Credit: TikTok/sugarcoatedkisse_ss

A montage of two best friends having the time of their lives would put a smile on many people’s faces, but one such TikTok video took a much more poignant note.

It was a tribute to a dear friend who took her own life.

On Sept 19, Yvette Tan, 25, posted a TikTok video in remembrance of her best friend Sim Hui Lin, on the latter’s second death anniversary.

@sugarcoatedkisse_ss

don't leave it until it's too late. ##mentalhealthmatters ##mentalhealthawarenessmonth

♬ Home – Edith Whiskers

In the clip, the young women were seen breaking out K-pop dance moves, going on holiday trips in South Korea, and enjoying themselves as they hung out and celebrated different occasions.

(Read also “Julie Tan Opens Up On Mental Health Struggles And Self-Harming On TikTok“)

“She was extroverted, bubbly, and had the highest energy in the room,” Tan, an optometrist, told AsiaOne in an interview on Oct 7.

But behind Sim’s bright smiles laid turmoil. She battled mental health issues such as depression, bipolar disorder and schizophrenia for about eight years, Tan said.

Although Sim received psychiatric treatment and had the support of family and friends, she told Tan — whom she met while studying optometry in Ngee Ann Polytechnic — that she only wanted to live until she was 20.

“I tried to be a good friend to her, to be there for her when she needed me,” Tan said.

One night, Sim texted her brother “I love you, goodbye” before jumping off a building. She died on Sept 13, 2019 — a month before her 23rd birthday.

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Reply to @spongebob19833 My experience w/ mental health & su1cide (full vid on YT) ##mentalhealthmatter ##mentalhealthawarenessmonth ##endthestigma

♬ original sound – YVETTE TAN

Don’t leave it until it’s too late

Her suicide left Tan in shock and disbelief.

“There was no warning sign at all,” she said, “Everything seemed so normal the night before, she even asked me out to eat army stew.”

Tan couldn’t make it for dinner that night and that was the very last time she heard from her bestie.

“I blamed myself a lot for it. The guilt of not being able to do more for her is heavy,” she told AsiaOne.

Two years after her best friend’s death, Tan is still healing from the pain and learning to cope with the loss.

“When someone dies of old age, you accept it because you know that their time is up. But when you lose your someone to suicide, you’ll never find closure,” she shared.

According to Samaritans of Singapore (SOS), suicide is the leading cause of death among those aged between 10 and 29. For every case, there are at least six suicide survivors who are left behind.

The loss of her friend left a deep impact on Tan, who learnt to be more empathetic towards others and became more vocal on mental health issues.

Since 2019, she has been making videos in memory of her best friend, as well as sharing her experience on YouTube, Instagram and TikTok to raise awareness on depression and suicide in Singapore.

Tan said she wants to give comfort to those struggling with mental health conditions, so “no one else will have to go through my pain of losing someone through suicide”.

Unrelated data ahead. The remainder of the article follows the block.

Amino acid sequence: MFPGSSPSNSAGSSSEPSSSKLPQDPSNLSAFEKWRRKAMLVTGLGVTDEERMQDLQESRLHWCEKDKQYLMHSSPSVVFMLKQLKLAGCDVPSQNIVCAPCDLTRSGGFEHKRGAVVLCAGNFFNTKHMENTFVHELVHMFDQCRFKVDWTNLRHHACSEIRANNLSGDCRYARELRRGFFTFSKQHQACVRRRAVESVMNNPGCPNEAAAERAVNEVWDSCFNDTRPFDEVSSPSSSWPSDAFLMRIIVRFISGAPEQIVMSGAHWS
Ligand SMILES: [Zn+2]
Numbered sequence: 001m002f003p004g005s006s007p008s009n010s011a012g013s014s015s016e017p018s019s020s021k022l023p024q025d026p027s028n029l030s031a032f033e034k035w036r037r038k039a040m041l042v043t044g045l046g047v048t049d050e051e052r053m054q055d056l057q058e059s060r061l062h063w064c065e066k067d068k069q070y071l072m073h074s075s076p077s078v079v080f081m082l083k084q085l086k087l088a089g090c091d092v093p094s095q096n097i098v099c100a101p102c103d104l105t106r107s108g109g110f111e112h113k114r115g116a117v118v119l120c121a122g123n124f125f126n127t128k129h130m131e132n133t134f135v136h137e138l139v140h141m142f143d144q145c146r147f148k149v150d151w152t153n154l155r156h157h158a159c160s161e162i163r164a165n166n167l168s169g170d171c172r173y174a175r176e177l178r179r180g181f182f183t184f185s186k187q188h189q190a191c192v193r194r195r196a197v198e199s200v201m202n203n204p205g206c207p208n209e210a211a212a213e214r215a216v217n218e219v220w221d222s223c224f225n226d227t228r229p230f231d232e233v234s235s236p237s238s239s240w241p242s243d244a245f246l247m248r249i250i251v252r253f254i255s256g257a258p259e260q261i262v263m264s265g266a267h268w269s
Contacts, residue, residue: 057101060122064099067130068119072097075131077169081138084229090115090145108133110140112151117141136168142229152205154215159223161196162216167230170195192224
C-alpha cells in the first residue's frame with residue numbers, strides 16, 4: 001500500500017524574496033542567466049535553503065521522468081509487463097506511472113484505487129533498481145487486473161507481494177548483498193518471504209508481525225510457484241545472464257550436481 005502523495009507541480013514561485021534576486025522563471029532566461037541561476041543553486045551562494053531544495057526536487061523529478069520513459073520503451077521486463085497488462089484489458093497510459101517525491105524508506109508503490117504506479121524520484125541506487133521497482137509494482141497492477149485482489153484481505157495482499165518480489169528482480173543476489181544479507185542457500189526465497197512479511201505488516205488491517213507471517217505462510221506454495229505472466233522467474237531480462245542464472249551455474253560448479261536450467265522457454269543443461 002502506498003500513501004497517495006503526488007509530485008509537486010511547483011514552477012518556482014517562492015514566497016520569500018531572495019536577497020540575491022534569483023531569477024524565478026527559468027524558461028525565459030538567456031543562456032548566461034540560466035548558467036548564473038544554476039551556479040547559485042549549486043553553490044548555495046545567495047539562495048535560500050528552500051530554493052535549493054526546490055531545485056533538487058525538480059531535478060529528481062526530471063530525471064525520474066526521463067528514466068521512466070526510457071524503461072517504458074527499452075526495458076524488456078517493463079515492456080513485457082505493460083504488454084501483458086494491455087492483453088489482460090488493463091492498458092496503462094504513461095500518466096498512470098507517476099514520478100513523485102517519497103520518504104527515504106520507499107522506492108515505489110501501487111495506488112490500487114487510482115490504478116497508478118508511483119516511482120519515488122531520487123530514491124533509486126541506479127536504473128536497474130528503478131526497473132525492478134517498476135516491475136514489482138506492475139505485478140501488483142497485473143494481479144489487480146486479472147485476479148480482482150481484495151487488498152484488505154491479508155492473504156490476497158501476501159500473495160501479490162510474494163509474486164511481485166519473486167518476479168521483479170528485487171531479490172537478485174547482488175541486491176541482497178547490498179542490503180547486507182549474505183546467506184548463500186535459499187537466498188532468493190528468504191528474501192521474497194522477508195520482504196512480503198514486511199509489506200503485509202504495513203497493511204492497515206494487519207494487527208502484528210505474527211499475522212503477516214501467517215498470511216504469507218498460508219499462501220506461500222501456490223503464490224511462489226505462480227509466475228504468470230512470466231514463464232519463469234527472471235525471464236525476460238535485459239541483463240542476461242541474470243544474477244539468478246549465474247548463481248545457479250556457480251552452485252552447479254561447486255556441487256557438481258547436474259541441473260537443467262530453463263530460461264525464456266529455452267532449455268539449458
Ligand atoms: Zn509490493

“Normalise talking about mental health, don’t leave it until it’s too late,” she urged in her videos.

A listening ear for #mentalhealthmatters

Mental health is a topic not widely discussed in Singapore, she said, because society does not understand it and the stigma is too strong.

Just because you can’t see it [depression], doesn’t mean it does not exist, Tan said in her TikTok video, which has garnered over 2.2 million views since Sept 19.

“People with depression are not weak, they are sick and require medical attention.”

(Here are “10 Mental Health Podcasts To Listen To Now“)

Besides advocating for mental health awareness on social media, Tan wants to provide those who are going through tough times a safe space to voice their thoughts and also help build a supportive community around them.

When asked about the thousands of comments on her recent TikTok videos, she said she tries her best to reply to every single comment.

However, Tan is unable to respond to some comments in time, adding: “It’s heartwarming to see others leaving sweet messages to cheer each other on”.

She has also offered a listening ear to anyone who needs help via Instagram DMs.

Tan told AsiaOne that she has received over 20 messages from people aged 13 to early 20s, saying: “They are suffering and have no one to turn to because their loved ones are not understanding of their plight.

“They just want someone to listen without judgement.”

Oftentimes, those in distress do not want to end their lives, according to SOS. They just want to get out of the overwhelming or painful situation they are in.

And that’s where their family and friends can help — by listening to understand their struggle and encouraging them to seek help from mental health or counselling professionals.

Tan also wants to let those struggling with mental health issues know that they are not alone, saying: “They should never let the stigma around mental health prevent them from seeking professional help.”

She also urged others not to disregard the feelings of those who are suffering and to support them with love and compassion.

“Someone in your life needs to hear that they matter, that they are loved, that they have a future.

“Be the one to tell them that.”

SINGAPORE HELPLINES

  • Samaritans of Singapore: 1-767
  • Singapore Association for Mental Health: 1800-283-7019
  • Care Corner Counselling Centre (Mandarin): 1800-353-5800
  • Institute of Mental Health’s Mental Health Helpline: 6389-2222
  • Silver Ribbon: 6386-1928
  • Shan You Counselling Centre (Mandarin): 6741-0078
  • Fei Yue’s Online Counselling Service: www.eC2.sg
  • Tinkle Friend (for primary school children): 1800-2744-788

This article was first published in AsiaOne.